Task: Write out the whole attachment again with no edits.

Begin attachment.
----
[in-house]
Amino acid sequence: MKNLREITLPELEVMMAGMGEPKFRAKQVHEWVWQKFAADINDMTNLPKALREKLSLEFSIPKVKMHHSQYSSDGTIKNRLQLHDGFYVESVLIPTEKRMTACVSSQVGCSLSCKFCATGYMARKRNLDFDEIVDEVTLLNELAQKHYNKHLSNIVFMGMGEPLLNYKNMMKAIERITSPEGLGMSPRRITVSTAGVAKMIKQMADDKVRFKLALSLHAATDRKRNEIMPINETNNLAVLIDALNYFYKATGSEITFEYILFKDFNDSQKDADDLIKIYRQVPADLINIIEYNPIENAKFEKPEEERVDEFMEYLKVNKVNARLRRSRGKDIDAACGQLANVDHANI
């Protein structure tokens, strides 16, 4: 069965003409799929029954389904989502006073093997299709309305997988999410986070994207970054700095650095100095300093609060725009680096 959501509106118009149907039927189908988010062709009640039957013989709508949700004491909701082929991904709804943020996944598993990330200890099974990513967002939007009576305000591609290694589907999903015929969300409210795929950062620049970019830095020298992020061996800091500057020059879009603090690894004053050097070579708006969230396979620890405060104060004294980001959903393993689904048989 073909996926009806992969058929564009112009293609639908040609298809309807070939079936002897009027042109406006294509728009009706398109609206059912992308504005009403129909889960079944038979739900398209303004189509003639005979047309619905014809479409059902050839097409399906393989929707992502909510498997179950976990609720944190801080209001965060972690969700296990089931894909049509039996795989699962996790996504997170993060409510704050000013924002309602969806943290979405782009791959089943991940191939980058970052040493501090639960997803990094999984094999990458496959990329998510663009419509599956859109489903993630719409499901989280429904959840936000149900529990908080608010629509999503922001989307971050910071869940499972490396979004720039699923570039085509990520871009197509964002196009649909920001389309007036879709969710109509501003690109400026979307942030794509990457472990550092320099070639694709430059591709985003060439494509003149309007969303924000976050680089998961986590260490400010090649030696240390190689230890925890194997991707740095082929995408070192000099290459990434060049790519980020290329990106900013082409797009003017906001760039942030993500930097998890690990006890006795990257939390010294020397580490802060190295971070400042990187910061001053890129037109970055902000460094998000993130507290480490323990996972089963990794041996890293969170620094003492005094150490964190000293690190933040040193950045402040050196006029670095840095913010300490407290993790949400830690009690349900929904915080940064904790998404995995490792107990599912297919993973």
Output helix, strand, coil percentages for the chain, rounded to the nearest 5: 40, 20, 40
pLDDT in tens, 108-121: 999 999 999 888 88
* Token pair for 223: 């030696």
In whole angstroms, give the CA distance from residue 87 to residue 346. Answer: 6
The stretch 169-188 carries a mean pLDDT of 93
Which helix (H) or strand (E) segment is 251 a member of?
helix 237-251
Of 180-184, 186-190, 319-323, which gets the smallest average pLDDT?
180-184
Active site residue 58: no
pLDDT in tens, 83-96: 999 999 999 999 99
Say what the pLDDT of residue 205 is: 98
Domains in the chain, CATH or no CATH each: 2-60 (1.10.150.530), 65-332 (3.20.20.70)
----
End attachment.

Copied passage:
[in-house]
Amino acid sequence: MKNLREITLPELEVMMAGMGEPKFRAKQVHEWVWQKFAADINDMTNLPKALREKLSLEFSIPKVKMHHSQYSSDGTIKNRLQLHDGFYVESVLIPTEKRMTACVSSQVGCSLSCKFCATGYMARKRNLDFDEIVDEVTLLNELAQKHYNKHLSNIVFMGMGEPLLNYKNMMKAIERITSPEGLGMSPRRITVSTAGVAKMIKQMADDKVRFKLALSLHAATDRKRNEIMPINETNNLAVLIDALNYFYKATGSEITFEYILFKDFNDSQKDADDLIKIYRQVPADLINIIEYNPIENAKFEKPEEERVDEFMEYLKVNKVNARLRRSRGKDIDAACGQLANVDHANI
């Protein structure tokens, strides 16, 4: 069965003409799929029954389904989502006073093997299709309305997988999410986070994207970054700095650095100095300093609060725009680096 959501509106118009149907039927189908988010062709009640039957013989709508949700004491909701082929991904709804943020996944598993990330200890099974990513967002939007009576305000591609290694589907999903015929969300409210795929950062620049970019830095020298992020061996800091500057020059879009603090690894004053050097070579708006969230396979620890405060104060004294980001959903393993689904048989 073909996926009806992969058929564009112009293609639908040609298809309807070939079936002897009027042109406006294509728009009706398109609206059912992308504005009403129909889960079944038979739900398209303004189509003639005979047309619905014809479409059902050839097409399906393989929707992502909510498997179950976990609720944190801080209001965060972690969700296990089931894909049509039996795989699962996790996504997170993060409510704050000013924002309602969806943290979405782009791959089943991940191939980058970052040493501090639960997803990094999984094999990458496959990329998510663009419509599956859109489903993630719409499901989280429904959840936000149900529990908080608010629509999503922001989307971050910071869940499972490396979004720039699923570039085509990520871009197509964002196009649909920001389309007036879709969710109509501003690109400026979307942030794509990457472990550092320099070639694709430059591709985003060439494509003149309007969303924000976050680089998961986590260490400010090649030696240390190689230890925890194997991707740095082929995408070192000099290459990434060049790519980020290329990106900013082409797009003017906001760039942030993500930097998890690990006890006795990257939390010294020397580490802060190295971070400042990187910061001053890129037109970055902000460094998000993130507290480490323990996972089963990794041996890293969170620094003492005094150490964190000293690190933040040193950045402040050196006029670095840095913010300490407290993790949400830690009690349900929904915080940064904790998404995995490792107990599912297919993973």
Output helix, strand, coil percentages for the chain, rounded to the nearest 5: 40, 20, 40
pLDDT in tens, 108-121: 999 999 999 888 88
* Token pair for 223: 């030696």
In whole angstroms, give the CA distance from residue 87 to residue 346. Answer: 6
The stretch 169-188 carries a mean pLDDT of 93
Which helix (H) or strand (E) segment is 251 a member of?
helix 237-251
Of 180-184, 186-190, 319-323, which gets the smallest average pLDDT?
180-184
Active site residue 58: no
pLDDT in tens, 83-96: 999 999 999 999 99
Say what the pLDDT of residue 205 is: 98
Domains in the chain, CATH or no CATH each: 2-60 (1.10.150.530), 65-332 (3.20.20.70)